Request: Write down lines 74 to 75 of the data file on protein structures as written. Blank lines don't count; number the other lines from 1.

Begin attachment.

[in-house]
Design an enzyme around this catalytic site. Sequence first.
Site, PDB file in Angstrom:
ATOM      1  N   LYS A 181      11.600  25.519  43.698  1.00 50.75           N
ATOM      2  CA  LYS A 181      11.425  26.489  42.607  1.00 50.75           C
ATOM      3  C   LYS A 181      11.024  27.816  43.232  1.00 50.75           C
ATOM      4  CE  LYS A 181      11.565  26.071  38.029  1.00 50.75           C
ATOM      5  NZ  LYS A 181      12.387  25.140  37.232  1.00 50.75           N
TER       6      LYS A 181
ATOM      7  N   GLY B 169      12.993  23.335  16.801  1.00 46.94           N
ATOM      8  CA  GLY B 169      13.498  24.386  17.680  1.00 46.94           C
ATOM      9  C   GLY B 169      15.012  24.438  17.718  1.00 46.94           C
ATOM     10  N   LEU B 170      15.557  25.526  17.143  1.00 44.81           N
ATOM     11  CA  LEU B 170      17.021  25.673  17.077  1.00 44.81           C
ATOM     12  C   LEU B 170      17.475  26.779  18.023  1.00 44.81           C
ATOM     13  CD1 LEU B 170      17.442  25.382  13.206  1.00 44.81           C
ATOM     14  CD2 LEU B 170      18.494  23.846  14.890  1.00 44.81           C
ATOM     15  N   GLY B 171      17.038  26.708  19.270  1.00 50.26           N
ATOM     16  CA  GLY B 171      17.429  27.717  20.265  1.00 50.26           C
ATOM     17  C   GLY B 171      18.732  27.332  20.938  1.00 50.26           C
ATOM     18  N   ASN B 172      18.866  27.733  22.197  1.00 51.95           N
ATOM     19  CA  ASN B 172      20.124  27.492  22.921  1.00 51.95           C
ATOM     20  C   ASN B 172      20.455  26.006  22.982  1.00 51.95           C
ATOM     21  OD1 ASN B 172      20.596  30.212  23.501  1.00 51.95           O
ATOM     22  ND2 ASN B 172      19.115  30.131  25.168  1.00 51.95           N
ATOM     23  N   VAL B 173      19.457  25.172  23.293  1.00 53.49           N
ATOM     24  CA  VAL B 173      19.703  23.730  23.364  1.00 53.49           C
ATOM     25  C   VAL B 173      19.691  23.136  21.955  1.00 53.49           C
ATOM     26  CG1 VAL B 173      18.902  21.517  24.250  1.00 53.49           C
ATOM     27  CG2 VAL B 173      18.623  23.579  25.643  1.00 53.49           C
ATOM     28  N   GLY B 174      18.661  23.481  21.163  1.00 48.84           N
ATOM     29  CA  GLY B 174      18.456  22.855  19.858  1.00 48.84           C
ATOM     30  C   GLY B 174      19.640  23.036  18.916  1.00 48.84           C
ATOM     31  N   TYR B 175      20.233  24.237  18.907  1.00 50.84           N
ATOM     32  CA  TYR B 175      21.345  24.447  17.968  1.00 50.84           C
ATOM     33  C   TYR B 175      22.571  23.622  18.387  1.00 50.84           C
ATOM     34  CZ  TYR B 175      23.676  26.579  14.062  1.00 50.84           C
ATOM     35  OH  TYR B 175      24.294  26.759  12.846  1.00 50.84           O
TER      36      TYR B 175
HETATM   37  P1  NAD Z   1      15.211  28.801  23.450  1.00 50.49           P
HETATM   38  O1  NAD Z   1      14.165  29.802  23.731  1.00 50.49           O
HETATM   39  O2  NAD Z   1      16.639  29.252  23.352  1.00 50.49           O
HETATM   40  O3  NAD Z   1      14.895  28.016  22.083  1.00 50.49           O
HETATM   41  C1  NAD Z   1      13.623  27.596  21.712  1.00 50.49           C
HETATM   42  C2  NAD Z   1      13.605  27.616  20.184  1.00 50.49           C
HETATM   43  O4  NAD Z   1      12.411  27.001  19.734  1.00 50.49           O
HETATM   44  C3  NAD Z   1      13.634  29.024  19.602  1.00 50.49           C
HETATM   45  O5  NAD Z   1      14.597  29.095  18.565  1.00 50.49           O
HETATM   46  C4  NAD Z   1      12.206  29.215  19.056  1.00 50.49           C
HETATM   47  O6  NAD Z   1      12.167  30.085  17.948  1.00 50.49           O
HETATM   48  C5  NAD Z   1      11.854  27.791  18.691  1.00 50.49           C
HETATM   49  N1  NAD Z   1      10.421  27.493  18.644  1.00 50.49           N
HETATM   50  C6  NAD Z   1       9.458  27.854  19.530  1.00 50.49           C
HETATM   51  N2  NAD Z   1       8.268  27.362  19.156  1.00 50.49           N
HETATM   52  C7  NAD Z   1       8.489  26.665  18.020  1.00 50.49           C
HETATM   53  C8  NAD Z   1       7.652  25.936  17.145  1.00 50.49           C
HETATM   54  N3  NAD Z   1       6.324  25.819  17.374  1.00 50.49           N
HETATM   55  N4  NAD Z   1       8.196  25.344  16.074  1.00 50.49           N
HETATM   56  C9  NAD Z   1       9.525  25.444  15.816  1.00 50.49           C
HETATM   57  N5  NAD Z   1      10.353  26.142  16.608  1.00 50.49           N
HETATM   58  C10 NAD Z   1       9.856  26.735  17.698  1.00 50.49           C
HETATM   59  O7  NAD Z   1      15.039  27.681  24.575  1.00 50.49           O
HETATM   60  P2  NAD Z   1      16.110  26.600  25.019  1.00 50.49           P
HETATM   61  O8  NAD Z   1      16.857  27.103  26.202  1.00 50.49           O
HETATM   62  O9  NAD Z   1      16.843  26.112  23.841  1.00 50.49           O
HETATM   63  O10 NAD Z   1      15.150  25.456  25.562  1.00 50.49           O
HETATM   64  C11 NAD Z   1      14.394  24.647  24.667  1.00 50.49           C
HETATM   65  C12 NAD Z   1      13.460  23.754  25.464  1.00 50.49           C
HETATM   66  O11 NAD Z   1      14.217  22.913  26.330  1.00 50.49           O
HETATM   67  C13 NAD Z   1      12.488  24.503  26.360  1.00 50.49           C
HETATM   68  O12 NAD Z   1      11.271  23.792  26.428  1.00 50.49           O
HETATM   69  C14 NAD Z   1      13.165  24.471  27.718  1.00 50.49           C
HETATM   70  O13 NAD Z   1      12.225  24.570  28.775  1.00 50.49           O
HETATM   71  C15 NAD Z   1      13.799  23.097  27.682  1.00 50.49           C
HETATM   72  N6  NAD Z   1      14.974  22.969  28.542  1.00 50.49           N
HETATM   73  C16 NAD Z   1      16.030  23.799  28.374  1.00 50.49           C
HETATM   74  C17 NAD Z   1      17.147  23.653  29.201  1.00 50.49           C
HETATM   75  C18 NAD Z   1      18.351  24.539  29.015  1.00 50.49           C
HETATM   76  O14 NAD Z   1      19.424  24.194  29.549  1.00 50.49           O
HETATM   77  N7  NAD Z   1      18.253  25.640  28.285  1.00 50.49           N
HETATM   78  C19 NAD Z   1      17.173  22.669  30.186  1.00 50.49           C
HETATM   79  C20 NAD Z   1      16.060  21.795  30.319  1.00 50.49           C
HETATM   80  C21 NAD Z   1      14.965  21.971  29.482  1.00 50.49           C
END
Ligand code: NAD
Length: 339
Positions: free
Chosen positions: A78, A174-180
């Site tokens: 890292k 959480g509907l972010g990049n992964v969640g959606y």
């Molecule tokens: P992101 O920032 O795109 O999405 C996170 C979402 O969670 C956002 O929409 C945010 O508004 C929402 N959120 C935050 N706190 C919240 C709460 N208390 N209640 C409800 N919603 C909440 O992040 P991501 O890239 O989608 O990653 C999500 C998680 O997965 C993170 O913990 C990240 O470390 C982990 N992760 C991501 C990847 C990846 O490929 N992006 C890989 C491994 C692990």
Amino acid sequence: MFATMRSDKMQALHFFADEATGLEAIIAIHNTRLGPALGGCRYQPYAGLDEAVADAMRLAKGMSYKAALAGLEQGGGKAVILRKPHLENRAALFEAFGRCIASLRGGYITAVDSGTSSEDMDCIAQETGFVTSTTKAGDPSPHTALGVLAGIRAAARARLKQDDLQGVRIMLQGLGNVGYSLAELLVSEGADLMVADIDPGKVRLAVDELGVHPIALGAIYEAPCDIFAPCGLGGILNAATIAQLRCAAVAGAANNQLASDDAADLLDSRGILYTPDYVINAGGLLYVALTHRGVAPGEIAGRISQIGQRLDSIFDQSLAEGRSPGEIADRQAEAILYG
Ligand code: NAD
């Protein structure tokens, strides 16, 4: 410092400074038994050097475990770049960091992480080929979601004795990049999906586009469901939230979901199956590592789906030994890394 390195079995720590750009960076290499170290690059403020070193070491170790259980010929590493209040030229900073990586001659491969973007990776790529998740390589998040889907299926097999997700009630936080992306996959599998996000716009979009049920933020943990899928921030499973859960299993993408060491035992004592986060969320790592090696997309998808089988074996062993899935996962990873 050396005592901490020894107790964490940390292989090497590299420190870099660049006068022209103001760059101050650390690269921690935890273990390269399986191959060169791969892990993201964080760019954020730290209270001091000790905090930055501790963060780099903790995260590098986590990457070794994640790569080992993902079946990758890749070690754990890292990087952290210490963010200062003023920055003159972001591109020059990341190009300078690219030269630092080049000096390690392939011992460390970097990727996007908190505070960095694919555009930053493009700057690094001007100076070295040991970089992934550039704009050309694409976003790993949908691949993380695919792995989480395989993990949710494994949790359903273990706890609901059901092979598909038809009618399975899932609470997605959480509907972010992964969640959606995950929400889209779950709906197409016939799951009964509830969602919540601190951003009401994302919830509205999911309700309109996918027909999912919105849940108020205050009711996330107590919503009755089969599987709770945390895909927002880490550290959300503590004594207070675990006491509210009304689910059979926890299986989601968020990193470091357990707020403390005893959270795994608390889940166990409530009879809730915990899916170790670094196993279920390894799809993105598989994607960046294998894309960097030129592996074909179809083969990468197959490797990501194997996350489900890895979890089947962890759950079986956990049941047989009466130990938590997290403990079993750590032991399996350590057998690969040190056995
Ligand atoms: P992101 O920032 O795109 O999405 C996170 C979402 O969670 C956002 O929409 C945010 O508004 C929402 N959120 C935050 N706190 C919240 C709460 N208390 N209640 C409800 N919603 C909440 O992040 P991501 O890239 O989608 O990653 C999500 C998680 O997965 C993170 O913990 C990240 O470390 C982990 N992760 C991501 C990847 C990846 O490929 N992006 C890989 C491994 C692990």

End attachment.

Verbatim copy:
HETATM   71  C15 NAD Z   1      13.799  23.097  27.682  1.00 50.49           C
HETATM   72  N6  NAD Z   1      14.974  22.969  28.542  1.00 50.49           N